Pretty much since the original Surface was born, I, and many others, have wished that Microsoft would try their hands at a laptop computer. It’s not even that the original Surface was a great device, but the whole idea was to kickstart some new device types, and now Surface has turned into a big business in its own right. The latest Surface Pro 4 looks to be the best iteration yet.

So today Microsoft is trying to redefine the laptop category with the Surface Book. With Surface Pro, it was the tablet that can replace your laptop, and with Surface Book, it is what Microsoft is calling “The Ultimate Laptop” and we shall see about that but it has a lot going for it. Compared to the Surface Pro 4, the display is larger at 13.5-inches but keeps the same 3:2 aspect ratio that has now defined the Surface lineup. People sick of 16:9 laptops should be happy to see this.

The display itself is 3000x2000 pixels, which works out to exactly 6,000,000 pixels and the same 267 pixels per inch of the Surface Pro 4. It has the same 0.4 mm thick Gorilla Glass covering as well, and contains the same PixelSense capabilities that mean it will also work with the pen and of course touch. Each panel is calibrated for sRGB out of the box.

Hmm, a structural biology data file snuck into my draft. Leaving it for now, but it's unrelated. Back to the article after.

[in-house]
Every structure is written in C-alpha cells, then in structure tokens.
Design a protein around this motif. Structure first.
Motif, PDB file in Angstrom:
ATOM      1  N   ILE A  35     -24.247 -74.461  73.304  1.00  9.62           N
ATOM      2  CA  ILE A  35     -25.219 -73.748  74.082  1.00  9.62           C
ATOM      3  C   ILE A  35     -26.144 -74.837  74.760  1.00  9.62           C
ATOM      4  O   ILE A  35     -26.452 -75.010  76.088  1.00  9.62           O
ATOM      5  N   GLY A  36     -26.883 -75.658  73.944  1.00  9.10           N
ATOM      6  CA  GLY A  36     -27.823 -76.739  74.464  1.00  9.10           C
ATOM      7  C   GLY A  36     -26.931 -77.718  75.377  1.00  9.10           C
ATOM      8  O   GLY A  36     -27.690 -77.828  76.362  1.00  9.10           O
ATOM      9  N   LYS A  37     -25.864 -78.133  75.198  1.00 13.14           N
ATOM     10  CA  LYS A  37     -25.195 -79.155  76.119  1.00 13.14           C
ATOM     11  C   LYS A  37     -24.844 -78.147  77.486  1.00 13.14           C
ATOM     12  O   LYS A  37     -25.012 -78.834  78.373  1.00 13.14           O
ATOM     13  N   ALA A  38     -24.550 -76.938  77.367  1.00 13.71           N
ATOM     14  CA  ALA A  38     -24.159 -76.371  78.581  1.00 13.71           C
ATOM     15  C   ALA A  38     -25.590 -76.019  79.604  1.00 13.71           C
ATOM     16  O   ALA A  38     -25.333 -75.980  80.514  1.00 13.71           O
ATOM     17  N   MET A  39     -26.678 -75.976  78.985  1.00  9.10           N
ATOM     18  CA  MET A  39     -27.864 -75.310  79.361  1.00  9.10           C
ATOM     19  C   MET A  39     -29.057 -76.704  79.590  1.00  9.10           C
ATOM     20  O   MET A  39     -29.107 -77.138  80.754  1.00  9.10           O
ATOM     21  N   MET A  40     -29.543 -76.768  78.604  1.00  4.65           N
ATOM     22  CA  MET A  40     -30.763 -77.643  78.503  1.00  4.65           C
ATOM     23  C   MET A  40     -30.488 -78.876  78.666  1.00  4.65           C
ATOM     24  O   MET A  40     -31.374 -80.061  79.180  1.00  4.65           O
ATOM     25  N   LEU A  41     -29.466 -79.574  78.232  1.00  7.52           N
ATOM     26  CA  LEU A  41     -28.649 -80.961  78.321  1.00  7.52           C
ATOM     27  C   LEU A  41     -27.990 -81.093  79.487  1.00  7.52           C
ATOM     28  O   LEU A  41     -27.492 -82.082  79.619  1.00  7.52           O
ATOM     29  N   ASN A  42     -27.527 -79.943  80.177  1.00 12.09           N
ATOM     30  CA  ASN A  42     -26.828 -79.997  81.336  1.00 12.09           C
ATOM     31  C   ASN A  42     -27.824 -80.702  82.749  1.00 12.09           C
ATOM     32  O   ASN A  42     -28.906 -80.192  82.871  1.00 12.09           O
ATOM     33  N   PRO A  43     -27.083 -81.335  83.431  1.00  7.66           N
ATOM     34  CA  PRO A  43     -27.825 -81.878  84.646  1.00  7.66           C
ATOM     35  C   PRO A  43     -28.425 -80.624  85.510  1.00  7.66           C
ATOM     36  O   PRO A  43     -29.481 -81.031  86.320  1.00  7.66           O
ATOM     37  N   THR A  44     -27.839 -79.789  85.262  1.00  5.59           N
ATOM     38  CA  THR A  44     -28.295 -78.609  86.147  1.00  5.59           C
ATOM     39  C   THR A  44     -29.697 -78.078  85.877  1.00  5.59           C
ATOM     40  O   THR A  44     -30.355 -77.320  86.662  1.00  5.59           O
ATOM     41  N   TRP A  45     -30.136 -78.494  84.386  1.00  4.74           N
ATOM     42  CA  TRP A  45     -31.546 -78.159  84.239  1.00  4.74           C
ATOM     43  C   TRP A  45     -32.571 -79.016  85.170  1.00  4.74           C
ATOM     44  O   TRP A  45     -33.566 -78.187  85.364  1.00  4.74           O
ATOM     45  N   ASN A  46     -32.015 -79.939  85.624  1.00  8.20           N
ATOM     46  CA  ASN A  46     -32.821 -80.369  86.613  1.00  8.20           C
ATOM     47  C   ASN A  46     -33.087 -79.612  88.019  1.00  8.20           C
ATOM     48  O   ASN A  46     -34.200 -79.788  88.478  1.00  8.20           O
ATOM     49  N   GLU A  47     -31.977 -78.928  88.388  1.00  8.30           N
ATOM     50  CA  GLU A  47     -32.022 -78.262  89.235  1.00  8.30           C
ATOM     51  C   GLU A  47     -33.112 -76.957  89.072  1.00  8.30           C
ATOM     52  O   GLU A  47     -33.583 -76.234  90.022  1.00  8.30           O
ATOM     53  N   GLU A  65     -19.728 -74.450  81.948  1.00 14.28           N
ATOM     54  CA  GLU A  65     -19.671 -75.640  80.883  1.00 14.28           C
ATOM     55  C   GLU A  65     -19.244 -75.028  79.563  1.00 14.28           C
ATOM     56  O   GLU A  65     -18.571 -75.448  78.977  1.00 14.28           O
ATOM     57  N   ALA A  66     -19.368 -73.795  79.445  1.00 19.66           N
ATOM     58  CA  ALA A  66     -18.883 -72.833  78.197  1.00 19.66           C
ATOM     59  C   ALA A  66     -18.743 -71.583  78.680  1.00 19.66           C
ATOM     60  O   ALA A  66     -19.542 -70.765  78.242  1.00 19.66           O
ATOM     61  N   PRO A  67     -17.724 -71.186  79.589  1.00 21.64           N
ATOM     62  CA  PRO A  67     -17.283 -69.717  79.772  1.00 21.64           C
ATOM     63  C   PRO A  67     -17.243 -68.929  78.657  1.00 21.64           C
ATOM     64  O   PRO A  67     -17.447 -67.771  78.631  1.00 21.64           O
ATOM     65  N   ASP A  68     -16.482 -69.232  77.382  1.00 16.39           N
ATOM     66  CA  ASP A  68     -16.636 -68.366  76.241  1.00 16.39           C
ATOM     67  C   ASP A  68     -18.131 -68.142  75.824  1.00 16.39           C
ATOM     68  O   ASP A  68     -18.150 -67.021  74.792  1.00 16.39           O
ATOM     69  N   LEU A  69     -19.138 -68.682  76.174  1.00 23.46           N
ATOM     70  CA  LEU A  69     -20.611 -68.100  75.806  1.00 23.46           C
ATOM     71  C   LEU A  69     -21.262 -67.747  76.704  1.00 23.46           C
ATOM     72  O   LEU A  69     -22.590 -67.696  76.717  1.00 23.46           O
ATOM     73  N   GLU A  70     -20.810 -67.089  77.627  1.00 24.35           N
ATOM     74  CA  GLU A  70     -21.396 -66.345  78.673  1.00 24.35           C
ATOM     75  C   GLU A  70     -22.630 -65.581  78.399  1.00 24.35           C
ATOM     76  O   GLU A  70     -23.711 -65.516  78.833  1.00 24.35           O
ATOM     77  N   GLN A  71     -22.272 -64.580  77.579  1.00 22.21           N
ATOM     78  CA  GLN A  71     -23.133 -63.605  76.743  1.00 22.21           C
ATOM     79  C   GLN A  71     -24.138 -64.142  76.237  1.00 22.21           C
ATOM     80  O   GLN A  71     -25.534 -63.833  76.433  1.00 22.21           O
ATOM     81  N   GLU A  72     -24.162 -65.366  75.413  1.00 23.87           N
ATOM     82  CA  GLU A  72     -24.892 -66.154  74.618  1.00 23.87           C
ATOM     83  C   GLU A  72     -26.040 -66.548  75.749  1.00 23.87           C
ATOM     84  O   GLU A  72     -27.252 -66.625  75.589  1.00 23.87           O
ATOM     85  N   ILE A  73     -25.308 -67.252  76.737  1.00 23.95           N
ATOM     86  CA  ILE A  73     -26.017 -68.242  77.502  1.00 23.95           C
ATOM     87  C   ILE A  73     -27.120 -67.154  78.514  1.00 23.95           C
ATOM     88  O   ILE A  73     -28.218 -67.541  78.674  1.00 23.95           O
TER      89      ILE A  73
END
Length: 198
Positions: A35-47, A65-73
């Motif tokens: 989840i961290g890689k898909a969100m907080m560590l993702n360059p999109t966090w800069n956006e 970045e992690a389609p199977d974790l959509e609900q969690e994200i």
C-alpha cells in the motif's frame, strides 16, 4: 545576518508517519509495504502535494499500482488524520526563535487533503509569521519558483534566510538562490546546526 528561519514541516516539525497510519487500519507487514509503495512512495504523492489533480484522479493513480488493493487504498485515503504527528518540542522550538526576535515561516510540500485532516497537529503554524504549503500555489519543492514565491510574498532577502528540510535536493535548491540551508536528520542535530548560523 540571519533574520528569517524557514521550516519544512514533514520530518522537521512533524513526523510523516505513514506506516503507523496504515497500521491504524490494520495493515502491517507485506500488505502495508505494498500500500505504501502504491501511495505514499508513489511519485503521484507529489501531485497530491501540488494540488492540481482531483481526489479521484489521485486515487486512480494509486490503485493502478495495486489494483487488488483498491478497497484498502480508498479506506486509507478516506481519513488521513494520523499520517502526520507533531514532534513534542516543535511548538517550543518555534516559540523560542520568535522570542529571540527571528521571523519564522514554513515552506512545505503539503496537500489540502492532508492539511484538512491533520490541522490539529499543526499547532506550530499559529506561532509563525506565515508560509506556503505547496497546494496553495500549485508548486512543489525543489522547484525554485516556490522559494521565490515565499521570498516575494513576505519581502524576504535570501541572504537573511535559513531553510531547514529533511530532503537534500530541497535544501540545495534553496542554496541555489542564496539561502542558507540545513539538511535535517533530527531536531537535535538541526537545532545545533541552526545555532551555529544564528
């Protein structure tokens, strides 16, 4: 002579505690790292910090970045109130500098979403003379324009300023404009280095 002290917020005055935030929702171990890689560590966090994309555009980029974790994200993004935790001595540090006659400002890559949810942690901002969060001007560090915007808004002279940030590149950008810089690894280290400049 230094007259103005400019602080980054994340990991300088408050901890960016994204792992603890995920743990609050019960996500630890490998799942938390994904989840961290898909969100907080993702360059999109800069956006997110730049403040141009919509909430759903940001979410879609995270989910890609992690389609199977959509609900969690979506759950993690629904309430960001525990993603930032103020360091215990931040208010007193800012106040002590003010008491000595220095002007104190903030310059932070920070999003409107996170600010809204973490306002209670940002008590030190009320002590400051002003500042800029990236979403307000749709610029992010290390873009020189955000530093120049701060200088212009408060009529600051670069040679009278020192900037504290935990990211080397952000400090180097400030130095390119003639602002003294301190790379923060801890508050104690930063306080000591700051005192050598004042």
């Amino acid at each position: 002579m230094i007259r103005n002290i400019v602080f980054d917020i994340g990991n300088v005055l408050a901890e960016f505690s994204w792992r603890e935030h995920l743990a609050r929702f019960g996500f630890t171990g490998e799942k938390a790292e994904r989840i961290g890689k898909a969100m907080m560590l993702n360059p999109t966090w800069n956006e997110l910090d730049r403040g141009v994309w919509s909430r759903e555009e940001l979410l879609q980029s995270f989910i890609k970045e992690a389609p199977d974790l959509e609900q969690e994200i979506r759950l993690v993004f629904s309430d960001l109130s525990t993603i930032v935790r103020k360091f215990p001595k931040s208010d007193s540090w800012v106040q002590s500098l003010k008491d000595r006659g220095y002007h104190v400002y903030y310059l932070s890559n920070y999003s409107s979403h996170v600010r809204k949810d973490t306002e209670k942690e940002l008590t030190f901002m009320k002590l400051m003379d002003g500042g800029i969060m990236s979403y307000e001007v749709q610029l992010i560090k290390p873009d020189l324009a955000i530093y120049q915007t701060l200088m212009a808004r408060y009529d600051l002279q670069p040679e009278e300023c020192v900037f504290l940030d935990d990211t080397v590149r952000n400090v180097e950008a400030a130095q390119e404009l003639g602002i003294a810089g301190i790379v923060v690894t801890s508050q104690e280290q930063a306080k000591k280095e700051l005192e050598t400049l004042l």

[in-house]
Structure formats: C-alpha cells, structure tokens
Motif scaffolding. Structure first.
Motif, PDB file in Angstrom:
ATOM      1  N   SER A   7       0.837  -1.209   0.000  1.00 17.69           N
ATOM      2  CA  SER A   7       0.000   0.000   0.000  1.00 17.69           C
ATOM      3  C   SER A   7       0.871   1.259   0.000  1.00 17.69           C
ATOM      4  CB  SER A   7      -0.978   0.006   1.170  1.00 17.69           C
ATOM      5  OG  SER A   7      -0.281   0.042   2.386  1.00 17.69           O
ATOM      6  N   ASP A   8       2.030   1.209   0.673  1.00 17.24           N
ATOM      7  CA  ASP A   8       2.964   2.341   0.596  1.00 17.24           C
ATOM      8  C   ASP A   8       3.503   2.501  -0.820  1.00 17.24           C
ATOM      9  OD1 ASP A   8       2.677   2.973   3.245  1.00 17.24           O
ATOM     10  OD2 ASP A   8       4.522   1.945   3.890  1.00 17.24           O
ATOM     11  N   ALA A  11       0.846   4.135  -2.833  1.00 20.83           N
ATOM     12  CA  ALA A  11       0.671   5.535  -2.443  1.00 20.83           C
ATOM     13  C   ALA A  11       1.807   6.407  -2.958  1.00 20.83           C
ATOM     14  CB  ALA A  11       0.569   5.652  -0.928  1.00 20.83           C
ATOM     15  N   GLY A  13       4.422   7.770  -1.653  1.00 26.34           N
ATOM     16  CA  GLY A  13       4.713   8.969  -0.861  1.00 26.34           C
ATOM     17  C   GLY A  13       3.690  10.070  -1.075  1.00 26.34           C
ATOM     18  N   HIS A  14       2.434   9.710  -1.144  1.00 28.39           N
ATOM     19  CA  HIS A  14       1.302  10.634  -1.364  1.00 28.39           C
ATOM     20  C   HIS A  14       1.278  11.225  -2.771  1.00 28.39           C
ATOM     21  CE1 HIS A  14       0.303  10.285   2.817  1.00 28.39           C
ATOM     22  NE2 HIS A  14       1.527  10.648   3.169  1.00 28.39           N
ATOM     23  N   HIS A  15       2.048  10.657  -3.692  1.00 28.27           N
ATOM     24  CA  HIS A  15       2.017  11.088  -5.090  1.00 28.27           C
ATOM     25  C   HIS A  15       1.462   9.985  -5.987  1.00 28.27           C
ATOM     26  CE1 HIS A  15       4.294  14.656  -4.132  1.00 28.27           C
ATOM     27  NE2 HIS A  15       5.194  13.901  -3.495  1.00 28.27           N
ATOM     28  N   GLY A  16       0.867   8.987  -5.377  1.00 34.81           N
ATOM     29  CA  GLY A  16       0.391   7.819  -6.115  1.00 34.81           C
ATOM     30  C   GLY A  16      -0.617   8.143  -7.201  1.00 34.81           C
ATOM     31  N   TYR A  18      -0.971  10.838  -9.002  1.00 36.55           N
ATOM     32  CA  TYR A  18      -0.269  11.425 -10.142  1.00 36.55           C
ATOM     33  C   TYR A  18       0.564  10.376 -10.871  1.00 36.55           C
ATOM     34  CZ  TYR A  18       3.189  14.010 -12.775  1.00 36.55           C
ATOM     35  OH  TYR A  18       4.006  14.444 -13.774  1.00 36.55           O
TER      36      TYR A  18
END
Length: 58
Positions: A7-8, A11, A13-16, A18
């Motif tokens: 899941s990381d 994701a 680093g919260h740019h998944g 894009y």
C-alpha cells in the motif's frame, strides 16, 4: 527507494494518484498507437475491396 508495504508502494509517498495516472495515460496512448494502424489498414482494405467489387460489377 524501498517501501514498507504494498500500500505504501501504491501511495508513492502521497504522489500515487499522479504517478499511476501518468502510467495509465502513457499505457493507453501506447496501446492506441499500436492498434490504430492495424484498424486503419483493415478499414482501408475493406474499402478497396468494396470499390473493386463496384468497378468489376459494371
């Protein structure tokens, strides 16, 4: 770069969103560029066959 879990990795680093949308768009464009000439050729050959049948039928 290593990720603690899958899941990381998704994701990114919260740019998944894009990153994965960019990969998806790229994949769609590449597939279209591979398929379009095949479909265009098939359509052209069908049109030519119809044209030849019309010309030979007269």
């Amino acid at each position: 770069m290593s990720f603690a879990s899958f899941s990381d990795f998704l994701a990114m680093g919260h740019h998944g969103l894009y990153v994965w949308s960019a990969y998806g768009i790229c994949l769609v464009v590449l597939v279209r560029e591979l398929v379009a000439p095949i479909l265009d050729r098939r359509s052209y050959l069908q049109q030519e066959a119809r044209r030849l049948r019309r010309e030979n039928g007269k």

This is not your ordinary laptop where the display is just the display and the key components of the notebook are under the keys. Instead, the screen is detachable like many two-in-one devices, but the base itself is connected and houses the NVIDIA GPU and some batteries, as well as USB ports and a SD card reader like you would expect on an Ultrabook.

The hinge is certainly very interesting, and it kind of reminds me of a new take on the Yoga 3 Pro’s keyboard hinge, although this one is much thicker. Microsoft calls it a Dynamic Fulcrum Hinge. One weird thing about the hinge is that when the device is closed, the top and bottom don’t meet. It is weird to see but I would need some more time with it to see if it is an issue. A benefit of the slightly raised rear is when the display is connected flipped around for writing, the glass is slightly tilted towards you which is something I often find myself doing with the Surface lineup of tablets.

The latching system is ridiculously strong. Microsoft is using a wire that can change its length if a voltage is applied to it. You have to press and hold a button on the keyboard to invoke this charge so the actual separation is never going to be by accident, but it does take longer than some other detachable devices.